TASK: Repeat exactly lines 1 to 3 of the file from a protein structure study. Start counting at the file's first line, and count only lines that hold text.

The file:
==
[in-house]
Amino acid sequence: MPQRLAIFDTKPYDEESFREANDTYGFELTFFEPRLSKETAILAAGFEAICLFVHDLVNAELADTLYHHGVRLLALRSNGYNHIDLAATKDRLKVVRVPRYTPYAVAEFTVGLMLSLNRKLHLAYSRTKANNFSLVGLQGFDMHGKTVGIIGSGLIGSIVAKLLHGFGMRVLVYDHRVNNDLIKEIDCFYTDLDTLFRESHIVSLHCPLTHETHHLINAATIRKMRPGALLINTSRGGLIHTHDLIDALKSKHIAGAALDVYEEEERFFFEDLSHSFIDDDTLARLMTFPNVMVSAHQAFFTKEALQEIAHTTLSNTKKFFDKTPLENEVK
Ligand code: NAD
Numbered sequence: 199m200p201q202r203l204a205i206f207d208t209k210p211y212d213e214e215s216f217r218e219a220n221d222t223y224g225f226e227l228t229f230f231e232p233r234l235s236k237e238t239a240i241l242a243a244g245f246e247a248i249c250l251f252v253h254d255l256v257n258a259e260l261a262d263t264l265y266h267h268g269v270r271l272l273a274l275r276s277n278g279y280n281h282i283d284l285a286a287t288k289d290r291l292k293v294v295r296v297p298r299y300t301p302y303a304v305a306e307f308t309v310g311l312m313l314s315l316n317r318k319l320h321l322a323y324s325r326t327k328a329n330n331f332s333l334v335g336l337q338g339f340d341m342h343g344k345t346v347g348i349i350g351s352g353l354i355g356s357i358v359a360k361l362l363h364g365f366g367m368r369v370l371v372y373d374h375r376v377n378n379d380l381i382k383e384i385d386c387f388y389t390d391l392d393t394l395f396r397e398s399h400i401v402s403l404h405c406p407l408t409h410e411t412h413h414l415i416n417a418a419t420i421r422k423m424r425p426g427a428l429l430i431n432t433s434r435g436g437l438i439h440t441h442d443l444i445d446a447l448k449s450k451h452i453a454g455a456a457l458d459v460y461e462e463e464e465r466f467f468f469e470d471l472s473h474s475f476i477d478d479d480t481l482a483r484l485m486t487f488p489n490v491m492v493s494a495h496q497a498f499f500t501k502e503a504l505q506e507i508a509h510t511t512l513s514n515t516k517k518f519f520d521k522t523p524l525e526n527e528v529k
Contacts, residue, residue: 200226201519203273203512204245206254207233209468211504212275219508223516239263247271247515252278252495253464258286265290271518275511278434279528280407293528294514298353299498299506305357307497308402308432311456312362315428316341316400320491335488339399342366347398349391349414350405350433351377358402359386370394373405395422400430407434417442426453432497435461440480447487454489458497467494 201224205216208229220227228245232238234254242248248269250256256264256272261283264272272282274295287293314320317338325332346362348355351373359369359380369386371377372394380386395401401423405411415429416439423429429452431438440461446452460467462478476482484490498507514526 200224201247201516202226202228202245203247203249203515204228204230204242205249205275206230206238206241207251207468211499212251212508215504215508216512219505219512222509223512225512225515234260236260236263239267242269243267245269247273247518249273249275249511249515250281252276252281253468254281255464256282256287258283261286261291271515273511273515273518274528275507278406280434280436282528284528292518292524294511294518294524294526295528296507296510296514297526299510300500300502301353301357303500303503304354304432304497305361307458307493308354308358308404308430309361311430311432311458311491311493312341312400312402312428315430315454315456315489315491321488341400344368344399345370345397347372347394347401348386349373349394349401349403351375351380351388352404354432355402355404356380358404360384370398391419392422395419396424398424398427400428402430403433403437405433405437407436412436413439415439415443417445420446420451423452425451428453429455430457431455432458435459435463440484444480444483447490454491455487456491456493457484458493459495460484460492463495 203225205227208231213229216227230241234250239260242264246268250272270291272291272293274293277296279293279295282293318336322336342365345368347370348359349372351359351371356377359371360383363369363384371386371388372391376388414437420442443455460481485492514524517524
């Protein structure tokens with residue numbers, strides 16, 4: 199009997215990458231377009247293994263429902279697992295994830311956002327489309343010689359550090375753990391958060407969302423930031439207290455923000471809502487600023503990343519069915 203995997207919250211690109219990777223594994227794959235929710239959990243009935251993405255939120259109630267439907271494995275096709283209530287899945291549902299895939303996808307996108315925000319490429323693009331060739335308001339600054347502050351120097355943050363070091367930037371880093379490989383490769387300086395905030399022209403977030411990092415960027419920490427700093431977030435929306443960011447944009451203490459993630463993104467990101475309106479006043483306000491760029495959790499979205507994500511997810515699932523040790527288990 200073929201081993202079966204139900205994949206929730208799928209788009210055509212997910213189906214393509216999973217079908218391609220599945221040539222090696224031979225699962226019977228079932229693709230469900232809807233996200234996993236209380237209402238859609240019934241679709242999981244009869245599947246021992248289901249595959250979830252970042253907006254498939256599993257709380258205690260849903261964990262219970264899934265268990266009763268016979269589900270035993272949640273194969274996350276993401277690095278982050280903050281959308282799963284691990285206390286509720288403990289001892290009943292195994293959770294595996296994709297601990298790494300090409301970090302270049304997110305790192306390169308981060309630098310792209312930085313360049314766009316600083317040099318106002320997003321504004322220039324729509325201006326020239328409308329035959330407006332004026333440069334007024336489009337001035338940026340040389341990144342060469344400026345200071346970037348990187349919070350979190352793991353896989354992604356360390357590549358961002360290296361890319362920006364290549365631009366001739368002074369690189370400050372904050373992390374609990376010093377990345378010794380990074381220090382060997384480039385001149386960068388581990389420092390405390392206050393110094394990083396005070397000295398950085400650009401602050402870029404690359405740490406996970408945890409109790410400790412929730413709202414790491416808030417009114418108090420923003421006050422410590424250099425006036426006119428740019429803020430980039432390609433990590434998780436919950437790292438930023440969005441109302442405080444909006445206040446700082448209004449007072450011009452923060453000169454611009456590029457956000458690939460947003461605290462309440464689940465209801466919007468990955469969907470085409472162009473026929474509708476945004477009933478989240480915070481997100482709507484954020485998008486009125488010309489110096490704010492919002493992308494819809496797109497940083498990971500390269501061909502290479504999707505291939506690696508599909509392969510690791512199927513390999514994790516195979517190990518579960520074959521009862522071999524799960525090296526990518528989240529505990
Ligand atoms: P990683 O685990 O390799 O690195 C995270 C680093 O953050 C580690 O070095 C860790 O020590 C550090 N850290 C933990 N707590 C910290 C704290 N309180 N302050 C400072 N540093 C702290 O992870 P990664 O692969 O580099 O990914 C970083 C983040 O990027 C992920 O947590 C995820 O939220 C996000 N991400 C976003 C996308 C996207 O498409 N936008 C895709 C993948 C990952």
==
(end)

[in-house]
Amino acid sequence: MPQRLAIFDTKPYDEESFREANDTYGFELTFFEPRLSKETAILAAGFEAICLFVHDLVNAELADTLYHHGVRLLALRSNGYNHIDLAATKDRLKVVRVPRYTPYAVAEFTVGLMLSLNRKLHLAYSRTKANNFSLVGLQGFDMHGKTVGIIGSGLIGSIVAKLLHGFGMRVLVYDHRVNNDLIKEIDCFYTDLDTLFRESHIVSLHCPLTHETHHLINAATIRKMRPGALLINTSRGGLIHTHDLIDALKSKHIAGAALDVYEEEERFFFEDLSHSFIDDDTLARLMTFPNVMVSAHQAFFTKEALQEIAHTTLSNTKKFFDKTPLENEVK
Ligand code: NAD